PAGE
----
Wednesday, September 07, 2005

Individuals in a Capitalistic Society

The gnuarch mailing list is under fire again. Companies are evil this, venture capitalists are slash and burners that.. the same old story from you know who. When I hear tirades such as these, I can't help but consider the motivations of the writer. Is the person complaining that the system does not work at all, or is the individual is complaining that the system does not work for them?

The prototypical industrialized society is framed around the capitalist system. This system provides for the private ownership, either individually or as groups, to conduct commerce interdependantly with a minimal amount of government controls. An entity can focus on the things that it is good at and trade resources (typically capital, workprodcut, goods or ingenuity) for the things that it is not. This specialization allows for much greater efficiencies than any person could achieve individually.

A player in the capitalist model, whether its an inventor, an investor, a small company or a large corporation, is essentially a living organism that requires certain resources to exist. These players, instead of living off of salads and cheeseburgers, live on capital. Any entity in the capitalist model that runs out of capital will starve and die no less surely than any breathing creature that runs out of food.

This means that the capitalist system is, to some extent, darwinistic. Players, in order to successfully compete against other players, will maximize their value (price vs. worth) by making arrangements with the most effciencient players that they have access to. Failure to do so results in less capital as the competiting players become more efficient than the players that don't.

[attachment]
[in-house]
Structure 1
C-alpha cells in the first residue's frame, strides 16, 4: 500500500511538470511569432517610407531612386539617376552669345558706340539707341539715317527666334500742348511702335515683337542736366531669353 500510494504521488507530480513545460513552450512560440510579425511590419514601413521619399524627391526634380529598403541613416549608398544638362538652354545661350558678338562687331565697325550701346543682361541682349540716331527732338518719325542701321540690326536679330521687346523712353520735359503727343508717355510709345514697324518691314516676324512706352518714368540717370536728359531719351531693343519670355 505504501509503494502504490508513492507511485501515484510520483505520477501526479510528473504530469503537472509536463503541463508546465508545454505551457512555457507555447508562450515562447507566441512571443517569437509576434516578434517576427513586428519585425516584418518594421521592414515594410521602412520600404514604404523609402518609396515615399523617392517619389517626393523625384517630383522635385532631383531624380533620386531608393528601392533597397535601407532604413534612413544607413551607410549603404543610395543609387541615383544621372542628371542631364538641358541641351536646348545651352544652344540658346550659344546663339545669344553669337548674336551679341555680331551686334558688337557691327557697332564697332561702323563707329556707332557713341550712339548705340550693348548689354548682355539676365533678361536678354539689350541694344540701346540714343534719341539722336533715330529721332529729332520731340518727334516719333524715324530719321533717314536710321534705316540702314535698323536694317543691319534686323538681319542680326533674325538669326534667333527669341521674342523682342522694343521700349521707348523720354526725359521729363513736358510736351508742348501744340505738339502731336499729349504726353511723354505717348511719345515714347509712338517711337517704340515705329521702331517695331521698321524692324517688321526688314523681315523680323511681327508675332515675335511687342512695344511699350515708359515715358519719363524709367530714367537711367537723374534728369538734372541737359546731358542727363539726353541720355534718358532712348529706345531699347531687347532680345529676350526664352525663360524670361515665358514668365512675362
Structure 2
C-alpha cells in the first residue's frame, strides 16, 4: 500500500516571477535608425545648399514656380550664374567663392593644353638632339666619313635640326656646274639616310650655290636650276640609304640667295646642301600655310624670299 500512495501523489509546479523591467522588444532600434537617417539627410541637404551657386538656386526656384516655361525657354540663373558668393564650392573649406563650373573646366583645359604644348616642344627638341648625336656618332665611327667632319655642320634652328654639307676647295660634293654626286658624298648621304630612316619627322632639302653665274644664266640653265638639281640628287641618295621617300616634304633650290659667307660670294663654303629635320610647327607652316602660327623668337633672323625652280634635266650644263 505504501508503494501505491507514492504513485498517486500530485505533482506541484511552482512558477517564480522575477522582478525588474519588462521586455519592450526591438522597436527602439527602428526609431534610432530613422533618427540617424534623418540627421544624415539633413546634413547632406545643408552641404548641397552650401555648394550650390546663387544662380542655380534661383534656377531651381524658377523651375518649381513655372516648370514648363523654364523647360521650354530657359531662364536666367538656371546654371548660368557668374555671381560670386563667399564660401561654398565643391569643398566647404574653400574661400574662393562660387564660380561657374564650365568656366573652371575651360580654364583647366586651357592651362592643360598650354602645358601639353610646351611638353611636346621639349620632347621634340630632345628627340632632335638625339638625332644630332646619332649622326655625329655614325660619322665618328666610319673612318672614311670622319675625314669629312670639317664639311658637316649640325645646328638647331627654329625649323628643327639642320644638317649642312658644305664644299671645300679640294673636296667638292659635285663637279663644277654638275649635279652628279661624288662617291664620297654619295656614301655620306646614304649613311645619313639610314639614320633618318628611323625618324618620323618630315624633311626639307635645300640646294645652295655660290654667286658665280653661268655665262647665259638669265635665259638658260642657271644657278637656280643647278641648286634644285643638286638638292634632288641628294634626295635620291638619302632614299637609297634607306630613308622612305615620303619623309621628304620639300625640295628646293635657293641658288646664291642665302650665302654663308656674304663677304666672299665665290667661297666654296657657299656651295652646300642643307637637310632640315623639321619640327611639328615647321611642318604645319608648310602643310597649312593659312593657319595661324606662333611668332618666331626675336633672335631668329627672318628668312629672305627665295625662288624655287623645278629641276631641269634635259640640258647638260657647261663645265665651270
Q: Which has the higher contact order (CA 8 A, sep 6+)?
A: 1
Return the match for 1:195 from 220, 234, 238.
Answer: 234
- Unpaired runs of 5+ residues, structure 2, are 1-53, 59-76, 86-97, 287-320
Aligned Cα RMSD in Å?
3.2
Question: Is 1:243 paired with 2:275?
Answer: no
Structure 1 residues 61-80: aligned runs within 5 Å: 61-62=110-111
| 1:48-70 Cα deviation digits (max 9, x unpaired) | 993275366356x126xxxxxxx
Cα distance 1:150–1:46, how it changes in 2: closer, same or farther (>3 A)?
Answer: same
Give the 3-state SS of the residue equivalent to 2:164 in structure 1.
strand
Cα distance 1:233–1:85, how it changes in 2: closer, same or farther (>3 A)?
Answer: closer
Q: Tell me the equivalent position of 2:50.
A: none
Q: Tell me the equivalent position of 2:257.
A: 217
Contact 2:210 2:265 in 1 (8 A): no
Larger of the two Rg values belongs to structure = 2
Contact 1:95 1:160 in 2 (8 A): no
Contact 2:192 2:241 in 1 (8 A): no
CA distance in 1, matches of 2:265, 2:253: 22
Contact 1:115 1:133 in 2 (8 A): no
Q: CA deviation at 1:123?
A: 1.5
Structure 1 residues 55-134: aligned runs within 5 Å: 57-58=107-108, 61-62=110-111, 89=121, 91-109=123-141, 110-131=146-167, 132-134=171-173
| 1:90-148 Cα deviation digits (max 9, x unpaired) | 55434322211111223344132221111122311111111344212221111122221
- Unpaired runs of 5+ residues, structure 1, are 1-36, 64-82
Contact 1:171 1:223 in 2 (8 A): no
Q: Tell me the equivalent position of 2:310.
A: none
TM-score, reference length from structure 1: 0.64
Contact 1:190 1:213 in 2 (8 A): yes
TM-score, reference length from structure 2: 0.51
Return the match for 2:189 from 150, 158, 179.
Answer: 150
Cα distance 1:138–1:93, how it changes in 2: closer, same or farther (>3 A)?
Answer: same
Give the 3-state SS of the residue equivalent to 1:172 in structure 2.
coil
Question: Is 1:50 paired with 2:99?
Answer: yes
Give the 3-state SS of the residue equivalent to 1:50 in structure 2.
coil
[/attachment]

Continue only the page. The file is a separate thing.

The price of a product is not limited to the initial cost. Direct factors include, but are not limited to: transportation costs, resale value, maintenance costs. Indirect price factors include the cost of maintaining the relationship with the vendor such as, but again not limited to: Effort contacting the vendor, the integrity of the vendor and the cost of maintaining a positive relationship with the vendor.

A key point that many individuals fail to realize is that individuals are mandatory participants. An individual, just the same of a large multi-regional conglomerate, has a certain amount of resources, whether its capital (venture capitalists), workproduct, ingenuity or other things. These resources can be traded for other resources such as a paycheck, partial company ownership, health care, pensions and so forth. These resources are used to keep the indivitual playing in the game, so that they are able to earn (and potentially reinvest) for more capital.

Just as with any corporation, an individual can price themselves out of the market in any of a variety of ways. One of the many ways that an individual can undercompete is asking for an amount of capital that exceeds thier worth as perceived by others. Another, more subtle, way to undercompete is to make the cost in effort of working with the individual high enough that potential worth is overwhelmed. An individual that is unreliable, inconsistant and works poorly with others may not be able to trade his inherent worth at any price (even free).

Thus, any person or company that finds itself running out of capital must immediately improve the offered value of its goods or services or face failure. Failure to do so can result in metaphorical (literal in the case of the individual) starvation. Thusly, a player must reduce either cost or increase worth. Increasing worth over the immediate term is typically not practical. Reducing cost, however is.